• Use spreadsheet software to enter inventory counts and monitor quantities. (2)
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Oral Communication
  • Speak to suppliers to learn about products, prices and delivery schedules. (1)
  • Listen to announcements made over two-way radios. (1)
  • Participate in group discussions, e.g. discuss safety, goals, procedures, job timeframes and projects during staff meetings. (2)
  • Exchange information with co-workers and farmers, e.g. talk to farmers to learn about job assignments and to coordinate activities and schedules. (2)
  • Exchange technical information with repairers, e.g. provide descriptions of equipment malfunctions to help farm equipment mechanics troubleshoot faults. (2)
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Money Math
  • Purchase materials and supplies using petty cash. (1)
  • Receive cash payments from customers and provide change. (1)
  • Calculate expense claim amounts for travel and supplies. For example, calculate reimbursements for out-of-pocket expenses, such as meals and the use of personal vehicles at per kilometre rates. (2)
  • Calculate and verify invoice amounts, e.g. calculate payments to be received from grain handlers for different volumes and grades of wheat, peas and other crops. (3)
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Scheduling or Budgeting and Accounting
  • Compare prices to purchase equipment and maintenance materials at best value. (2)
  • Establish feeding, watering, cleaning and medication schedules for livestock at particular points in their growth cycle right through to their shipping. (2)
  • Manage supply inventories e.g. reduce inventory counts as herbicides and pesticides are used. (2)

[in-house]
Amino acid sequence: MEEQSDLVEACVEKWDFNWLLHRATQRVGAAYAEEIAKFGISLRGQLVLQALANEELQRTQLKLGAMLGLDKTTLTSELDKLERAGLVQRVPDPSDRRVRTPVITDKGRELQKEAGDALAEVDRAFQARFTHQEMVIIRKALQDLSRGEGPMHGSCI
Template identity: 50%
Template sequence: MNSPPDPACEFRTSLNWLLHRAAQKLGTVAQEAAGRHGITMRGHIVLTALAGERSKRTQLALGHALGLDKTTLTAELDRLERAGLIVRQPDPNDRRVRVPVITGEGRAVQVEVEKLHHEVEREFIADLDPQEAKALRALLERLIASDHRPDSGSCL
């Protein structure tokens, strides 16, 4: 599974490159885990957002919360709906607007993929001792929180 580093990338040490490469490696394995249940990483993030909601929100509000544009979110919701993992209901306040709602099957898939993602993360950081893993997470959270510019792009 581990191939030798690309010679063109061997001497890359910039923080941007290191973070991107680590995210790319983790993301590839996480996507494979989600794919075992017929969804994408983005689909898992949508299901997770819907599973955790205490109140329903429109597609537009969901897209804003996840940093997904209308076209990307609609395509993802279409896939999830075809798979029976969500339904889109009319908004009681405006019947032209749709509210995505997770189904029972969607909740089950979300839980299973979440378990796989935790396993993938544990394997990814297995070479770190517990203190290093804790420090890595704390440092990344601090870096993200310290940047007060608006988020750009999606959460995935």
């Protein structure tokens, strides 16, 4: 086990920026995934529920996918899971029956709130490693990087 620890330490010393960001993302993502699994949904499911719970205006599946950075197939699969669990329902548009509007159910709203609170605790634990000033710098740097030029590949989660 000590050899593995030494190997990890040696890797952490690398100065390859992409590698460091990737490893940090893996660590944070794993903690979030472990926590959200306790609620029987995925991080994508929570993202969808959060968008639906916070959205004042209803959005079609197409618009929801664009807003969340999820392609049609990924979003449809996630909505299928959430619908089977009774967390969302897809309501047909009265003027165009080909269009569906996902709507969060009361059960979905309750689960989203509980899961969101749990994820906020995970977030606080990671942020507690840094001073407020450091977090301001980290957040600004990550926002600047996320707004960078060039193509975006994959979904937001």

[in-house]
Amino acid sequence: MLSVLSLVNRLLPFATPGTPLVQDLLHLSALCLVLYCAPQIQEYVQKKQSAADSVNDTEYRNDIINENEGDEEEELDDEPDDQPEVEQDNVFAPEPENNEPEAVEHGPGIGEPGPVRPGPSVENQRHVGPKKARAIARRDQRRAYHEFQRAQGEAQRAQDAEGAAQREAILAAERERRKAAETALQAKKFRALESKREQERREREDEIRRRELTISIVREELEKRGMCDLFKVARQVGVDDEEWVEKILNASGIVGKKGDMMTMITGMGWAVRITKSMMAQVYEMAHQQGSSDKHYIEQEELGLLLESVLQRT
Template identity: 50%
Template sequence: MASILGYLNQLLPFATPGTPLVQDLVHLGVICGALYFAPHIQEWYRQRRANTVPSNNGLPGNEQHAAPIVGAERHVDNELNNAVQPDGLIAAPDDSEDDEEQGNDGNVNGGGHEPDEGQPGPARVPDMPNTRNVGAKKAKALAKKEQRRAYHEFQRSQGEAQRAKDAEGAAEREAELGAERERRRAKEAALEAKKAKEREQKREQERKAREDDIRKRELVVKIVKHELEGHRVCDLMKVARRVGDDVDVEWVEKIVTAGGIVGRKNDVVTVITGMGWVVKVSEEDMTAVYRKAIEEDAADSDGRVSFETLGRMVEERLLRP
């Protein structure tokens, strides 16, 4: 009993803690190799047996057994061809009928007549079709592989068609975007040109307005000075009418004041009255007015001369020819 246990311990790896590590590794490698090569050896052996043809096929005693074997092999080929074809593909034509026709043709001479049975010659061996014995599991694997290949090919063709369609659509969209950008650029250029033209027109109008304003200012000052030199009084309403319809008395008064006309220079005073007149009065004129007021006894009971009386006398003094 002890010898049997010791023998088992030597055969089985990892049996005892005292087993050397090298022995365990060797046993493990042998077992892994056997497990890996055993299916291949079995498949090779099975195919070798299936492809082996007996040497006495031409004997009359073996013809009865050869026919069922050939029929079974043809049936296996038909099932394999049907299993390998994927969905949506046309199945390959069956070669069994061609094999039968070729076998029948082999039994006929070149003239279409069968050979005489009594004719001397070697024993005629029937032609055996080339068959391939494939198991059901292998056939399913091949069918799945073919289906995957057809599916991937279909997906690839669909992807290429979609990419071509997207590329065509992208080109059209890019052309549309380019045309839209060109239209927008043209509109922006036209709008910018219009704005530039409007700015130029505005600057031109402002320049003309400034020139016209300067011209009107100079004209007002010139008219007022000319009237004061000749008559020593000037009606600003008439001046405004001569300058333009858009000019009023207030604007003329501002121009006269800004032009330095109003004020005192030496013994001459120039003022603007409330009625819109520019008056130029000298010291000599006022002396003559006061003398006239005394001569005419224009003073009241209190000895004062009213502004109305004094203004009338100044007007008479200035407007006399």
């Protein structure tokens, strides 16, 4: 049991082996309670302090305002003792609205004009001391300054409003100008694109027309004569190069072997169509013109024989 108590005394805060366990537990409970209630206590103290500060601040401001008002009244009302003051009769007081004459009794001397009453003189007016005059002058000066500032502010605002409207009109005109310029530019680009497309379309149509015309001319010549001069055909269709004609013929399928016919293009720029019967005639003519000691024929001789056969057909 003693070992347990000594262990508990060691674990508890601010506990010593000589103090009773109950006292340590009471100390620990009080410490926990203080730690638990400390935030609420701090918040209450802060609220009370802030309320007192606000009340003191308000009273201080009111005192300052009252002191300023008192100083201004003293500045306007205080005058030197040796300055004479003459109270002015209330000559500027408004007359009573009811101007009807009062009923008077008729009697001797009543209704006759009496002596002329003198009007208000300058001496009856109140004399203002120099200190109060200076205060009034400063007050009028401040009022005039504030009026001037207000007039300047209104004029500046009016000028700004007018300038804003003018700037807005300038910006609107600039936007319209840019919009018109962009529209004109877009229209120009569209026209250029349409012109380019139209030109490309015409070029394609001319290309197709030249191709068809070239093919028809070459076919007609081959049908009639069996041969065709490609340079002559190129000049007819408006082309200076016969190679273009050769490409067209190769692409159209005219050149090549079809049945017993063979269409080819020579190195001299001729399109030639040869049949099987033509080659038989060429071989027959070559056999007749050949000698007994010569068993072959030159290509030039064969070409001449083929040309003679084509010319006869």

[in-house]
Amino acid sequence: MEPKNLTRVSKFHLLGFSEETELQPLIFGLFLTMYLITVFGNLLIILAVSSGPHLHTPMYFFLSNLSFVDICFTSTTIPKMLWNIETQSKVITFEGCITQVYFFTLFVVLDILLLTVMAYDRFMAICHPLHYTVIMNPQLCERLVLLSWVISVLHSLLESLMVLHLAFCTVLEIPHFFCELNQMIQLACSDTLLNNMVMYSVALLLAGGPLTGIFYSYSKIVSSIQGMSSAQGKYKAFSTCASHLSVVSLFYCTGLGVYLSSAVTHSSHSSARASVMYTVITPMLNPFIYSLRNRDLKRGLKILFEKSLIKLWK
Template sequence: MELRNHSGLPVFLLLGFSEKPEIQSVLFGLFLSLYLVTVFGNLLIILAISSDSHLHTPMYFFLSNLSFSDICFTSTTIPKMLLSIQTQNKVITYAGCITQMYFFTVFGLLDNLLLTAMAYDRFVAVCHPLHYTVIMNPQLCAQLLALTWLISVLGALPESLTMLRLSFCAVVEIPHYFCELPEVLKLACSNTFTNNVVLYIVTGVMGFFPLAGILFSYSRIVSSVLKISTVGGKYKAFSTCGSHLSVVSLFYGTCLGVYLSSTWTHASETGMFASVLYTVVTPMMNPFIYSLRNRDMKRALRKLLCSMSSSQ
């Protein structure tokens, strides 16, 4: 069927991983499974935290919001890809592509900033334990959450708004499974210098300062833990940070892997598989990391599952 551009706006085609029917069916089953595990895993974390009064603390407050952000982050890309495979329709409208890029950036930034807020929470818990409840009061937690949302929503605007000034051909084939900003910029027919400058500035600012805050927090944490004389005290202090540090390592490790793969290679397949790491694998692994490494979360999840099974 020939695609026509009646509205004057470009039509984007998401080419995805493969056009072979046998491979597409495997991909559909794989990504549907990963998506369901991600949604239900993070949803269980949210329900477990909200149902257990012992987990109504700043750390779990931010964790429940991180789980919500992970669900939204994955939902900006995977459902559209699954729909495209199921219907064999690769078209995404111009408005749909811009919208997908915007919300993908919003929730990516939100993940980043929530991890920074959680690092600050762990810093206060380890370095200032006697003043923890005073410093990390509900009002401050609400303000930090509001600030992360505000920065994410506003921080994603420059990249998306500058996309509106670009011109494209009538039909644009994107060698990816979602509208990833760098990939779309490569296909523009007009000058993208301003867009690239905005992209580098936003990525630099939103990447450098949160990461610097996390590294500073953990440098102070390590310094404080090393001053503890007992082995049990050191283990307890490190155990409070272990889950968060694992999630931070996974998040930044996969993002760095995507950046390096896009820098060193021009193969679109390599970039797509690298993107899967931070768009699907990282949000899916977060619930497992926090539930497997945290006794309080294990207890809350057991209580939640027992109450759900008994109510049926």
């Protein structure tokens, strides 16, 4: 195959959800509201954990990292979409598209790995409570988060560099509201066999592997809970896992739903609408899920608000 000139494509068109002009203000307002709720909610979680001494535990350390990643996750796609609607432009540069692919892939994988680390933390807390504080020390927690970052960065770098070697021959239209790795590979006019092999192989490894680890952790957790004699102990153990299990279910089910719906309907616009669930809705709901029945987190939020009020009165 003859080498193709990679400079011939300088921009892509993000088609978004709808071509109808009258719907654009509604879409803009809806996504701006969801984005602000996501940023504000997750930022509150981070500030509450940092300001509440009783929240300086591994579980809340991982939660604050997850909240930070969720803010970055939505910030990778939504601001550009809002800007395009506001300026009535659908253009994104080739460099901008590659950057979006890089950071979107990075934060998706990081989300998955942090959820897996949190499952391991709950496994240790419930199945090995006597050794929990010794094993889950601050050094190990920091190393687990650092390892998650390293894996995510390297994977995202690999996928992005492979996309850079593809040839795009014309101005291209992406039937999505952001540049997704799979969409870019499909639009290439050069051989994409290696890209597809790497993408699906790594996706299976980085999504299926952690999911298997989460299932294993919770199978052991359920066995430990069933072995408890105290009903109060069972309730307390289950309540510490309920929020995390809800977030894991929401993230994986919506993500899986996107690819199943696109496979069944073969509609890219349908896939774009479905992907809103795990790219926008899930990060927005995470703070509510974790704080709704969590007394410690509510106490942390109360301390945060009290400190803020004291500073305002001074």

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Measurement and Calculation
  • Measure volumes of feed and dosages of medicine. (1)
  • Take a variety of measurements using basic tools, e.g. measure the dimensions of farm equipment parts using tape measures. (1)
  • Measure the moisture and protein contents of seeds and grains using moisture meters and grain analyzers. (1)
  • Calculate material requirements, e.g. calculate the amount of herbicides needed to treat specified types and sizes of crops. (2)
  • Calculate capacities and loads, e.g. calculate the capacities of rectangular, cylindrical and conical silos. (3)
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Data Analysis
  • Compare measurements and instrument readings to specifications and tolerances, e.g. compare measurements of grain protein to specifications to determine grades and classes and milk bacterial counts to tolerances specified by food safety regulators. (1)
  • Generate and analyze production statistics, e.g. analyze the growth rates of livestock and crops to determine the effectiveness of various farming practices, such as the use of growth hormones and herbicides. (3)
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Numerical Estimation
  • Estimate the remaining capacities of grain silos. (1)
  • Estimate the length of time required to complete tasks. (2)
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Job Task Planning and Organizing